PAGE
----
We report on the discovery of unambiguous regions of low dust number density in amateur images of the dust tails of long period comets C/2014 Q1 (PanSTARRS) and C/2002 F1 (Utsunomiya). In both cases, one such gap appeared in the dust tail post-perihelion. These gaps present themselves as a wedge-shaped region devoid of dust, with dust being present on either side of it. Initially, it was thought by observers that this was a commonn separation of the dust tail and dust trail that lies along the comet’s path.
The dust tails were simulated using the Finson-Probstein model . The simulated tails were then overlaid onto images of the dust tails for comparison. Further analysis was performed by transforming the image and plotting it in dust beta vs. ejection time coordinate space, a novel temporal mapping method developed by Price and co-workers . The image dataset for C/2014 Q1 was the most extensive, covering July to September 2015. The gap was visible throughout this observation period, and its shape and structure remained constant. This also applies to the gap present in C/2002 F1, although the dataset only ranged between 27th March and 3rd April 2002.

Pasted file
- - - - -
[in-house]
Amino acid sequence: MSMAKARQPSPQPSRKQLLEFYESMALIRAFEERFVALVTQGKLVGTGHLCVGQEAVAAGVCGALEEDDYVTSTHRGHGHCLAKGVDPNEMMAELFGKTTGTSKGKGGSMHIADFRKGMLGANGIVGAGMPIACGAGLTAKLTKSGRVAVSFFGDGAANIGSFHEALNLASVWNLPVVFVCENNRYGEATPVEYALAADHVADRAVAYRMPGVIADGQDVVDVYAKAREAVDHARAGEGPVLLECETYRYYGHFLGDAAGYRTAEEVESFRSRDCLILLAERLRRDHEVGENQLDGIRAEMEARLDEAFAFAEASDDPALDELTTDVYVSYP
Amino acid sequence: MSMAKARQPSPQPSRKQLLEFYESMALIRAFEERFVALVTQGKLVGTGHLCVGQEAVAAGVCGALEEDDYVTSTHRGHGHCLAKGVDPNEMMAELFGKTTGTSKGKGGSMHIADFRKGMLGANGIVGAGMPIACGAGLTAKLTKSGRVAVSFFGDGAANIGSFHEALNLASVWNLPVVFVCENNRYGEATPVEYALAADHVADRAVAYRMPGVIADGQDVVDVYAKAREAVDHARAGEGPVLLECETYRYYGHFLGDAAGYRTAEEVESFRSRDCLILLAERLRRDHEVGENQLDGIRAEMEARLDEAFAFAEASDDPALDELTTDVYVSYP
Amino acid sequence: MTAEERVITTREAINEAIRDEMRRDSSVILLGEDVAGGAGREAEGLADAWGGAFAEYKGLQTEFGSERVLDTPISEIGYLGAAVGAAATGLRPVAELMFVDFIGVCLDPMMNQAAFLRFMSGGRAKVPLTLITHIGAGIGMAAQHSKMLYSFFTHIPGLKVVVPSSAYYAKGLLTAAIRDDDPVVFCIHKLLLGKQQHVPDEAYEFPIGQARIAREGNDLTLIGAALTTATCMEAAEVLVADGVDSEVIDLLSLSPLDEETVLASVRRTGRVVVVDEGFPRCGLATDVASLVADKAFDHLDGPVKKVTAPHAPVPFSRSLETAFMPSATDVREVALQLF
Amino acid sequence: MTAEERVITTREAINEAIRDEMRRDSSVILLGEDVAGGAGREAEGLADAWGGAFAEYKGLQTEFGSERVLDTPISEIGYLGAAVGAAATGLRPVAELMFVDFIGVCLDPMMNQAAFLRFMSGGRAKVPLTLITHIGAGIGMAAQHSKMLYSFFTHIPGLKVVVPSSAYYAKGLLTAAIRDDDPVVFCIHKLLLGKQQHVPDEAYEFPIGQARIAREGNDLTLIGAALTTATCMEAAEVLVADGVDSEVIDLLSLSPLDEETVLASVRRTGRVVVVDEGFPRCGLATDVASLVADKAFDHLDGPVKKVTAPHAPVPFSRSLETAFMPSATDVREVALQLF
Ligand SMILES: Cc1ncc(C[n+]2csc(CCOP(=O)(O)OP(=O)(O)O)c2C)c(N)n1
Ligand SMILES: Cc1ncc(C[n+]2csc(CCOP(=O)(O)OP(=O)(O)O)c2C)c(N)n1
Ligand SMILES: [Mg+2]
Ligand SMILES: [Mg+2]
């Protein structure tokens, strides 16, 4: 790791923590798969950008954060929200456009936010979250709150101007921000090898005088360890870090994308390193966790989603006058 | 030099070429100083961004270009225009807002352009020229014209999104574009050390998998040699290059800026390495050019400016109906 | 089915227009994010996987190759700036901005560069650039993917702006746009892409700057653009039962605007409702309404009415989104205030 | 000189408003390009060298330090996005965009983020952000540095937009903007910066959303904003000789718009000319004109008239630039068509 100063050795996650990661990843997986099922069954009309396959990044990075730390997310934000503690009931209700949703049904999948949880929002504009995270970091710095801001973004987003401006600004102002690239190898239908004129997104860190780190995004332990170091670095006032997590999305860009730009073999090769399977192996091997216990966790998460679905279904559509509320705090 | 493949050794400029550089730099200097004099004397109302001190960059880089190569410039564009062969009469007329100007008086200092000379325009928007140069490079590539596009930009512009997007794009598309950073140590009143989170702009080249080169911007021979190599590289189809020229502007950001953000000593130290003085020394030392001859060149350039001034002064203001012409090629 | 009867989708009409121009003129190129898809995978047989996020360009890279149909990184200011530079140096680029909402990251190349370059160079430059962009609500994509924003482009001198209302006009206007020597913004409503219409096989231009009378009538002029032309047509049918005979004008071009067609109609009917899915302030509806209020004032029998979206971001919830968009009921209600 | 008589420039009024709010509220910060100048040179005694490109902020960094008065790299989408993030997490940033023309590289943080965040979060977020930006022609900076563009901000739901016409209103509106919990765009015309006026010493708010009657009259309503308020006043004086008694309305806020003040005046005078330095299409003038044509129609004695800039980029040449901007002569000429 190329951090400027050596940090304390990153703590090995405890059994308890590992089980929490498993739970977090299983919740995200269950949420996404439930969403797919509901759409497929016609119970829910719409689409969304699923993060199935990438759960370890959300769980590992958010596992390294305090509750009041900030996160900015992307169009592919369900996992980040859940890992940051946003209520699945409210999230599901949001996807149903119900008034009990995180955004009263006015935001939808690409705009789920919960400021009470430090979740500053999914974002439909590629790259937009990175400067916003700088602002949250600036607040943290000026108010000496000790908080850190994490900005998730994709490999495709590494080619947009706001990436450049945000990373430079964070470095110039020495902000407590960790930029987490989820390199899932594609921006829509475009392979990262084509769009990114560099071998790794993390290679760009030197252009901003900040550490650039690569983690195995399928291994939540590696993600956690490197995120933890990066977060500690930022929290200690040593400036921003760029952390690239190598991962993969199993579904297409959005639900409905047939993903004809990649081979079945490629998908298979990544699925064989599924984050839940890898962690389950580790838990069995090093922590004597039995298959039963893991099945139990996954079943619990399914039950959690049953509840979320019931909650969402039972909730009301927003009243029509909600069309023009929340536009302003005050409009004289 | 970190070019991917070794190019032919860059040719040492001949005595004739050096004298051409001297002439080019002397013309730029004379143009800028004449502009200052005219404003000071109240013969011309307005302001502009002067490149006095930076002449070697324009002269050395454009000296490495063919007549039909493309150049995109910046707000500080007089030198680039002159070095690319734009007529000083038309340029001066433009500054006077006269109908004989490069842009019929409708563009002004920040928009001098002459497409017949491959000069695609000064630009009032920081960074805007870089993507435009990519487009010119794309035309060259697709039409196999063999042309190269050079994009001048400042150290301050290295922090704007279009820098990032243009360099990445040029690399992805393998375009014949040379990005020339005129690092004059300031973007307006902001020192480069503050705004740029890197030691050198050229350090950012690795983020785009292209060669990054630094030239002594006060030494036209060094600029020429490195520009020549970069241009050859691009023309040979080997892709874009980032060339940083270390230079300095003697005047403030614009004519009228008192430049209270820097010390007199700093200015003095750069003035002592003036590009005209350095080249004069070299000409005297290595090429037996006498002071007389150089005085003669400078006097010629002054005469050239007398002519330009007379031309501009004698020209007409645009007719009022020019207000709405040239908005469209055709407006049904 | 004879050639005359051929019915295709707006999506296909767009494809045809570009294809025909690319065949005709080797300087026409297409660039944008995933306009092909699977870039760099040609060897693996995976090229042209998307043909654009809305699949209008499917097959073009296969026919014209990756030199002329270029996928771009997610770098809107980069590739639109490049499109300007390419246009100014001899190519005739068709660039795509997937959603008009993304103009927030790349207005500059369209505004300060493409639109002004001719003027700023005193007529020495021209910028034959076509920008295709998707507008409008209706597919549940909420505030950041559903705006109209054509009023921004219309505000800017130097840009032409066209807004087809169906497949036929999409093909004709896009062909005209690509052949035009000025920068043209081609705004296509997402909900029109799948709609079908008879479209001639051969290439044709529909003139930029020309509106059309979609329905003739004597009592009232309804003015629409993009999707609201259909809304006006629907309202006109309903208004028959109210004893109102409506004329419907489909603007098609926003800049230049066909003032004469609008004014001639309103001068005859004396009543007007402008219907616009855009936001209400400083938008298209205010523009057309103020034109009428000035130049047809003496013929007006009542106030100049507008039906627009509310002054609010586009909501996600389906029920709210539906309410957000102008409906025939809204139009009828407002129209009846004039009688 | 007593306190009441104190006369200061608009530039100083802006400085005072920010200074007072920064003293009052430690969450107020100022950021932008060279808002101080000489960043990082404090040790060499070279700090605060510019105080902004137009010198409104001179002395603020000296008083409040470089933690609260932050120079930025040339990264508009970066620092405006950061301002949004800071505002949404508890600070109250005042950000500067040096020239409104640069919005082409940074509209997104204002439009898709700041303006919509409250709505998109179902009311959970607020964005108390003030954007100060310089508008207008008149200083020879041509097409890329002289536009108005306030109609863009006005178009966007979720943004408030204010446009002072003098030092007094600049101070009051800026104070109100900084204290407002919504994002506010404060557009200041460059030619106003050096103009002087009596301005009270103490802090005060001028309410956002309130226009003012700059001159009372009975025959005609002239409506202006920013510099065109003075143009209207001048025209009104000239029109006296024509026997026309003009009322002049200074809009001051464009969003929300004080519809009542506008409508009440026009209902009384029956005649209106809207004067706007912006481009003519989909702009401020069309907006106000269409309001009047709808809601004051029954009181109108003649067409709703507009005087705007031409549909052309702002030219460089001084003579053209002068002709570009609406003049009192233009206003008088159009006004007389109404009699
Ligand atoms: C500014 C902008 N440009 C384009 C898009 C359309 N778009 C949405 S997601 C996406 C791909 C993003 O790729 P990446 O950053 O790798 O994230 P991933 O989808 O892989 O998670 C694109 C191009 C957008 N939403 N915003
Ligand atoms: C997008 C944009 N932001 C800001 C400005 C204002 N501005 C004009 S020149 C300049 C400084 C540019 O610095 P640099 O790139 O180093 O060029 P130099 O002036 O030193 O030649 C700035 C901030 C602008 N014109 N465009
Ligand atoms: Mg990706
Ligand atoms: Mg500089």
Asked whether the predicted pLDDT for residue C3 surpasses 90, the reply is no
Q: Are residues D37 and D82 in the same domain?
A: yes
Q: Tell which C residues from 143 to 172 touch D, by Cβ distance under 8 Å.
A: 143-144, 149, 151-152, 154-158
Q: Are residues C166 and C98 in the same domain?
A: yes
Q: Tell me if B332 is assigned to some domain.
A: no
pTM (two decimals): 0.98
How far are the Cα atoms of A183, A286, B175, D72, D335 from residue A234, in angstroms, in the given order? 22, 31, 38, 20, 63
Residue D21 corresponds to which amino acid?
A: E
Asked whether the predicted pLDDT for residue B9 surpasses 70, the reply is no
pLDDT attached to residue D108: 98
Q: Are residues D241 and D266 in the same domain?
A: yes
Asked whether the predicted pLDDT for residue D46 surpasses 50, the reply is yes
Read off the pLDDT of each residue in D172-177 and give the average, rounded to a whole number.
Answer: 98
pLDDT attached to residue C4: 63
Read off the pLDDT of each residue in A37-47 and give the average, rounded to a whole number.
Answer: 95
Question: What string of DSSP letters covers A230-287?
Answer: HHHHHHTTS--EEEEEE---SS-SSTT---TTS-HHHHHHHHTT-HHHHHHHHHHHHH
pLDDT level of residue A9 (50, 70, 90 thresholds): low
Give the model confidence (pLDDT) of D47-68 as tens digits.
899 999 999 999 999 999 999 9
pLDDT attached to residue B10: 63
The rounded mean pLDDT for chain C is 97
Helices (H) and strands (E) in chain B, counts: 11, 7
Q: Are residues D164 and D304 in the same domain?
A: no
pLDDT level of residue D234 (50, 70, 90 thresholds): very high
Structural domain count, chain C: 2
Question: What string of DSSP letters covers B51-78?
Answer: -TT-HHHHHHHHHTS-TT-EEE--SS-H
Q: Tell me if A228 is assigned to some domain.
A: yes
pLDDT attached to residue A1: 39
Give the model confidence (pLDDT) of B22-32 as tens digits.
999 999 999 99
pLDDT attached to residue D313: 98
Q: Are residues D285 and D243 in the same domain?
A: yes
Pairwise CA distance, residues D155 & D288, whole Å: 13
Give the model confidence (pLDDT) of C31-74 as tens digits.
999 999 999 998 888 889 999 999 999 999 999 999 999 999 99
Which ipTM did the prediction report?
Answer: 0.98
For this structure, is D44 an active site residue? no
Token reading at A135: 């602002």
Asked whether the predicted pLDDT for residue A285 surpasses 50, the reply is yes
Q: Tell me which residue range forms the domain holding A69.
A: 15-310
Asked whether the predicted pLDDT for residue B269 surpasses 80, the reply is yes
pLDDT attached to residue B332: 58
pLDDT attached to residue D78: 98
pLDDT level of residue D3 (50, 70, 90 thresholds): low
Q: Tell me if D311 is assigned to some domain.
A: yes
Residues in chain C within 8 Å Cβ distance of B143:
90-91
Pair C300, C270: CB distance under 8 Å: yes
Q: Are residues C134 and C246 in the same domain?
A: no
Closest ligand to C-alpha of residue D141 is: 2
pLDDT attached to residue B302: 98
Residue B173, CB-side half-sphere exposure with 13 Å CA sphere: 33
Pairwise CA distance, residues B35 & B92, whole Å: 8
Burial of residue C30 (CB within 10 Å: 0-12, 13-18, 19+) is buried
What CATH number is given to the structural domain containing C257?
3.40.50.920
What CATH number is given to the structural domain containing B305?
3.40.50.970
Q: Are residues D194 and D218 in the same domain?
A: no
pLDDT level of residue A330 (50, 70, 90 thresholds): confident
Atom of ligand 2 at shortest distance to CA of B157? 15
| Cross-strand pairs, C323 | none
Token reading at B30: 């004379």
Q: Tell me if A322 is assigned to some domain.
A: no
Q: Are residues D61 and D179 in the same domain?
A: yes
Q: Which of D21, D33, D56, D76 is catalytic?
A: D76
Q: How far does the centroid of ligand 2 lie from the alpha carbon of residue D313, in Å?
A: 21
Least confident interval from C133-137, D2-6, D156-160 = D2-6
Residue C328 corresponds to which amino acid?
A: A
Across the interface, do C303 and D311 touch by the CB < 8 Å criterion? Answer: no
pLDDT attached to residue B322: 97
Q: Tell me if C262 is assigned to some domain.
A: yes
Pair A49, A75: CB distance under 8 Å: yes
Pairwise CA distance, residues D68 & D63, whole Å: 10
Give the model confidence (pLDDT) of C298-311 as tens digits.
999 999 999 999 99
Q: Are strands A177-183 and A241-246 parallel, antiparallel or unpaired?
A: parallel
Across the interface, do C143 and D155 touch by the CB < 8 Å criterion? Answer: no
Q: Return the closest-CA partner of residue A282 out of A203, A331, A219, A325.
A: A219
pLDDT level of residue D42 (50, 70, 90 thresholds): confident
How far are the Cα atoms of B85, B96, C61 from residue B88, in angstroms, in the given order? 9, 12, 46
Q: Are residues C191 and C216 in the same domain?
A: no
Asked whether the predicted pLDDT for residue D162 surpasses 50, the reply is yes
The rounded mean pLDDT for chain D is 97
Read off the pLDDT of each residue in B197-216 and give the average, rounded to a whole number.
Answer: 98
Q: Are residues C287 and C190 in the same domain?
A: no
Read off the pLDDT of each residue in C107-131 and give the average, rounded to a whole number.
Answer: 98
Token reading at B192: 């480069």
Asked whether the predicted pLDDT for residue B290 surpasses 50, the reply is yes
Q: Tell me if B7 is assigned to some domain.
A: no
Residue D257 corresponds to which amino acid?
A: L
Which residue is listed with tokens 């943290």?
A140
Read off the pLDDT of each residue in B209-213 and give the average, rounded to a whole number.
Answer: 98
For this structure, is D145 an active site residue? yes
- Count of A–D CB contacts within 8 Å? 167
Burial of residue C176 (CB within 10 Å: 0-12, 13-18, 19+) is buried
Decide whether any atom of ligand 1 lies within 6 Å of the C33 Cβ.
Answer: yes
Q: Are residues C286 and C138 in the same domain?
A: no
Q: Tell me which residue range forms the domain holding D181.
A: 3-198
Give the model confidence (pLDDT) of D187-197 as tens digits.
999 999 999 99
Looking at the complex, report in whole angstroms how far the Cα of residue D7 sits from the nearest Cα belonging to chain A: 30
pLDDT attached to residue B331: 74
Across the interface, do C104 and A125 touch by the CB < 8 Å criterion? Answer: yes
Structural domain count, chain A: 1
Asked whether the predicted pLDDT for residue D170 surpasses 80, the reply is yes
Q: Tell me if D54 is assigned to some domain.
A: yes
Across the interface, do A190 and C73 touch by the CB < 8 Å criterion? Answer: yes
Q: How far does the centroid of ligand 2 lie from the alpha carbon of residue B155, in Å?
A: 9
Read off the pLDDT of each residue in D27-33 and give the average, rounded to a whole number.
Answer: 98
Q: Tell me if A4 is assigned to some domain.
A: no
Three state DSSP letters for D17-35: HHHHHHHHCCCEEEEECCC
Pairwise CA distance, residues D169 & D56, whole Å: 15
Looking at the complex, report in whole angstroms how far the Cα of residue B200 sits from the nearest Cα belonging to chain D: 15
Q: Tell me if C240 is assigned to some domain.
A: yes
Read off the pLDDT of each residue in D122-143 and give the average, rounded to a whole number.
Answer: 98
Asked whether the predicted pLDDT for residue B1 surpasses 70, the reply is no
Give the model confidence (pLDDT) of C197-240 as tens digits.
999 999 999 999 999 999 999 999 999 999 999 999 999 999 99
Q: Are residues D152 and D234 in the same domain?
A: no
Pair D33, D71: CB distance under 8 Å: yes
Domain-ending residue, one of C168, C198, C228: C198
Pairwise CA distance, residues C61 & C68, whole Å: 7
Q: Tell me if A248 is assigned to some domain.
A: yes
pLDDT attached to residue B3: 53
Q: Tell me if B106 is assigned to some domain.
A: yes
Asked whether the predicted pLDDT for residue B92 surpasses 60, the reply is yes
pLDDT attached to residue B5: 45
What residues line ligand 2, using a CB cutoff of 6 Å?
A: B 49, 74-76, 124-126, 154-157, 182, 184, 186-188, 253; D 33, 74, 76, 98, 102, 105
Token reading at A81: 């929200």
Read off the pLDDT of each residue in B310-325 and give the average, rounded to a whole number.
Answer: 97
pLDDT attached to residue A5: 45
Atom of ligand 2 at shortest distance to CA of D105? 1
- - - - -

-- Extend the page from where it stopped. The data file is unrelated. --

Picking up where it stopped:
The results of the C/2014 Q1 study show that none of the dust on either side of the gap lay along the comet’s orbital path, confirming that both sections of dust were part of the main dust tail, rather than the dust trail. The edges of the gaps were bounded accurately by lines of constant dust ejection time (synchrones), corresponding to dust that should have been ejected between 6th-12th July 2015. Analysis of C/2002 F1 found similar results, with the edges of its dust gap bounded accurately by synchrone lines corresponding to a dust ejection time between 18th - 24th April 2002. Thus, the dust gaps in both comets correspond to dust that should have been ejected during their respective perihelion passages on 6th July 2015 (C/2014 Q1) and 22nd April 2002 (C/2002 F1).
To the authors’ knowledge, this is the first time such features have been identified in cometary dust tails, and their cause(s) are still uncertain. The comparison of two comets that display this feature has allowed for a more accurate characterization of these dust gaps, however the lack of an extensive dataset for both comets has hindered the investigation of the gap’s formation mechanism. We shall briefly present potential formation mechanisms, the respective viability of which will improve through the identification and analysis of more comets which display these intriguing features.
 Finson, M. and Probstein, R. (1968) The Astrophysical Journal, 154, p.327  Price et al. (2019) Icarus 319: 540-557.